28% of self-employed workers in the UK struggle to access financial services

Over a quarter (28%) of self-employed workers in the UK struggle to access the financial services they require, according to research from open banking platform Tink.

It stated that 27% of self-employed people feel they have been actively discriminated against when trying to access financial services. In addition, 33% feel their employment status has been an obstacle to them getting a mortgage and 31% believe it has hindered their ability to obtain credit.

Tink stated these sentiments can be felt in reality as 15% of self-employed people say they have been rejected while trying to secure a mortgage to purchase a home, twice as many as the national average of 7%.

Furthermore, some self-employed people are struggling to be accepted for core personal banking services, such as current or savings accounts (16% versus 7% national average).

Tink UK & IE banking lead Tasha Chouhan said, “Our research has exposed flaws in the current financial services system, with widespread feeling among many self-employed consumers that they are being denied access to financial services on the basis of their employment status.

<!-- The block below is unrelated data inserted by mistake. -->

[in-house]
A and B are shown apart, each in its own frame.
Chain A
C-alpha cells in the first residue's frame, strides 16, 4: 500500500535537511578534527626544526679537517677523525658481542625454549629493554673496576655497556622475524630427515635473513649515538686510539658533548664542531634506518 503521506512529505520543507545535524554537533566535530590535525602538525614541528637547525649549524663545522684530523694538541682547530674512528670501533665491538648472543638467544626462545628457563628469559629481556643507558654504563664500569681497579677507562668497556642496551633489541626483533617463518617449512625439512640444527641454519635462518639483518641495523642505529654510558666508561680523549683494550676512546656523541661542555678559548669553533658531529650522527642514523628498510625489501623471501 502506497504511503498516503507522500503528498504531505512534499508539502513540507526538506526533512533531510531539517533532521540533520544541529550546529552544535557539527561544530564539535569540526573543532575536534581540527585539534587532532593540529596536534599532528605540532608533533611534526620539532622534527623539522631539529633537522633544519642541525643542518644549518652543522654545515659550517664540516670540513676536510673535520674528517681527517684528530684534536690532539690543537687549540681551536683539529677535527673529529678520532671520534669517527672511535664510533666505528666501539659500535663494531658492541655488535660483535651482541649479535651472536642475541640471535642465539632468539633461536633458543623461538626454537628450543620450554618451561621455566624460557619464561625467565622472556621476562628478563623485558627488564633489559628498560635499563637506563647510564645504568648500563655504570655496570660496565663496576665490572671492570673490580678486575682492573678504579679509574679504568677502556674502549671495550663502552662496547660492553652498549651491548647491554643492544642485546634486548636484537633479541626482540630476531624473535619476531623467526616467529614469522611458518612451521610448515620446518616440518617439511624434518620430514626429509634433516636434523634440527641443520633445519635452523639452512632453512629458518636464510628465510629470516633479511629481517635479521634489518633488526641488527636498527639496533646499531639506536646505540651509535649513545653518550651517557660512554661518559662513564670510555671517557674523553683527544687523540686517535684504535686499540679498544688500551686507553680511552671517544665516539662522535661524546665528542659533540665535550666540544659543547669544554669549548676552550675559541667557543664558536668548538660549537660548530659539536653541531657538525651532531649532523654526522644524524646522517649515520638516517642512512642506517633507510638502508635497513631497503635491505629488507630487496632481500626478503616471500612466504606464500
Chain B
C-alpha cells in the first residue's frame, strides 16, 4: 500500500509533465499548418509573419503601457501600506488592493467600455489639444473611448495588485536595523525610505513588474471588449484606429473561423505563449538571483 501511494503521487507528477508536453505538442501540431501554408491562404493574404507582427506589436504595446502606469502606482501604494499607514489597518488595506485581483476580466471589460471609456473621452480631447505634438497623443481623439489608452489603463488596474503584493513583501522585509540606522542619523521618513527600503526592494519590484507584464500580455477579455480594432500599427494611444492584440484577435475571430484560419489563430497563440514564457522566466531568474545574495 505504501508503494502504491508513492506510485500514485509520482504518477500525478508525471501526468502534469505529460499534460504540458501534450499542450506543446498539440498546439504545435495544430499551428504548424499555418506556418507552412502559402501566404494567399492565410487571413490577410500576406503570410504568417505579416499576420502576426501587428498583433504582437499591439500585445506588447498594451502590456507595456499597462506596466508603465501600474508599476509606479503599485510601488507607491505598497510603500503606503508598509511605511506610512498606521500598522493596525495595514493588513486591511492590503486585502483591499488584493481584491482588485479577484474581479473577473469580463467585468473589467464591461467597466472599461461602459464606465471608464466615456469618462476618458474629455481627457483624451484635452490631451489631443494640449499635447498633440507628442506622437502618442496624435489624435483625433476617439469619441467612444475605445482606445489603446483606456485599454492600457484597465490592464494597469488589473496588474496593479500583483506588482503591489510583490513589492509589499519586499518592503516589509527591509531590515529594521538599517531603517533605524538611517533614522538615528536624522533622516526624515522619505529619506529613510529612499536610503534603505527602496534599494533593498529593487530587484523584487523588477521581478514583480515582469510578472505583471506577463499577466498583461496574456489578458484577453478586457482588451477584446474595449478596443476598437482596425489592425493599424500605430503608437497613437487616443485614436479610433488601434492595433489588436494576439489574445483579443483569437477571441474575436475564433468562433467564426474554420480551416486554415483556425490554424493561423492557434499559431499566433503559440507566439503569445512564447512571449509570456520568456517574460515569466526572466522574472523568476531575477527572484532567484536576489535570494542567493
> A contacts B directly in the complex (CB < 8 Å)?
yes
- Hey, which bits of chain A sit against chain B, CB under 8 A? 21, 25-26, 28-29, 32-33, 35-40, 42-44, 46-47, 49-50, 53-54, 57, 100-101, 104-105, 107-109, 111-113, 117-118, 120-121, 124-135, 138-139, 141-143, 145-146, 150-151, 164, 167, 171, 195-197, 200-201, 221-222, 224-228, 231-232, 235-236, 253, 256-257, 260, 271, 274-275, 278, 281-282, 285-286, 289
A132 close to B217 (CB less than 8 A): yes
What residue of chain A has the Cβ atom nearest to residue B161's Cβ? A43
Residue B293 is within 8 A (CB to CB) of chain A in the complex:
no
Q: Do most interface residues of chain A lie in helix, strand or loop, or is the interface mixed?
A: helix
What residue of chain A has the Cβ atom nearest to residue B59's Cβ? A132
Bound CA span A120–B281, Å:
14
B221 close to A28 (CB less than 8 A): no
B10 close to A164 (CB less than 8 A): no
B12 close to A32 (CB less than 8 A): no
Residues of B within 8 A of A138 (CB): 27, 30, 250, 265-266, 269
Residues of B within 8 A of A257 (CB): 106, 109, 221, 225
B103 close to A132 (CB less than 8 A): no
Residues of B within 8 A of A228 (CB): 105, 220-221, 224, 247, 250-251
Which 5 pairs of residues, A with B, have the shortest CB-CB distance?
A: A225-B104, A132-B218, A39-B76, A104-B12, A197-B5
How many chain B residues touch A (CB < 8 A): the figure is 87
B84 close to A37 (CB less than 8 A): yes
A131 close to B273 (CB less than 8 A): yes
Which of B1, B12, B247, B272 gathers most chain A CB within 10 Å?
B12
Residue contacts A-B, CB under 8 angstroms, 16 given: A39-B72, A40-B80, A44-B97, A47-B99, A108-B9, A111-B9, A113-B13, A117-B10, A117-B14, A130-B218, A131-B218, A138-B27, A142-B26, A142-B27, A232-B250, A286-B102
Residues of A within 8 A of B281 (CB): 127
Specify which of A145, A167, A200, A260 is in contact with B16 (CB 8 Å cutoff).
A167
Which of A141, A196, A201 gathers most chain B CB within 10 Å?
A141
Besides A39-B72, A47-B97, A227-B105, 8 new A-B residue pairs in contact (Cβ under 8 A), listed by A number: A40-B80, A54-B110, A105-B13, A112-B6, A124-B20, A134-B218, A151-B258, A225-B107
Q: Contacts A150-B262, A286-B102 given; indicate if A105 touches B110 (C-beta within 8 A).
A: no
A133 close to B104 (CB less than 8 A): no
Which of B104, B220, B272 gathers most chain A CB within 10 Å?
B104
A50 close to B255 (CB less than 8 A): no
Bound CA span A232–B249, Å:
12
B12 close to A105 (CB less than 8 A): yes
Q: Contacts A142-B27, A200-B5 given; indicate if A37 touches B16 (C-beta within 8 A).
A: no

“As such, there is a distinct gap between the service those who are self-employed require, and the service they are currently receiving, as many revealed they have struggled to secure personal credit, loans or mortgages at a time when they need them most.”

Tink stated that firms should leverage data-driven technology and open banking technology to enable faster and more accurate credit decisions. With greater access to financial data, firms can better assess the affordability and creditworthiness of people.

It stated that through open banking, financial services could use transaction data in people’s bank accounts to take a holistic approach to gathering insights on income and spending behaviours to inform decisions.

A recent report from Tink found that financial institutions across Europe are “betting big” on open banking payments. One key finding was that three quarters of financial executives (74%) ranked increased payment security and fraud mitigation as key benefits of open banking payments.

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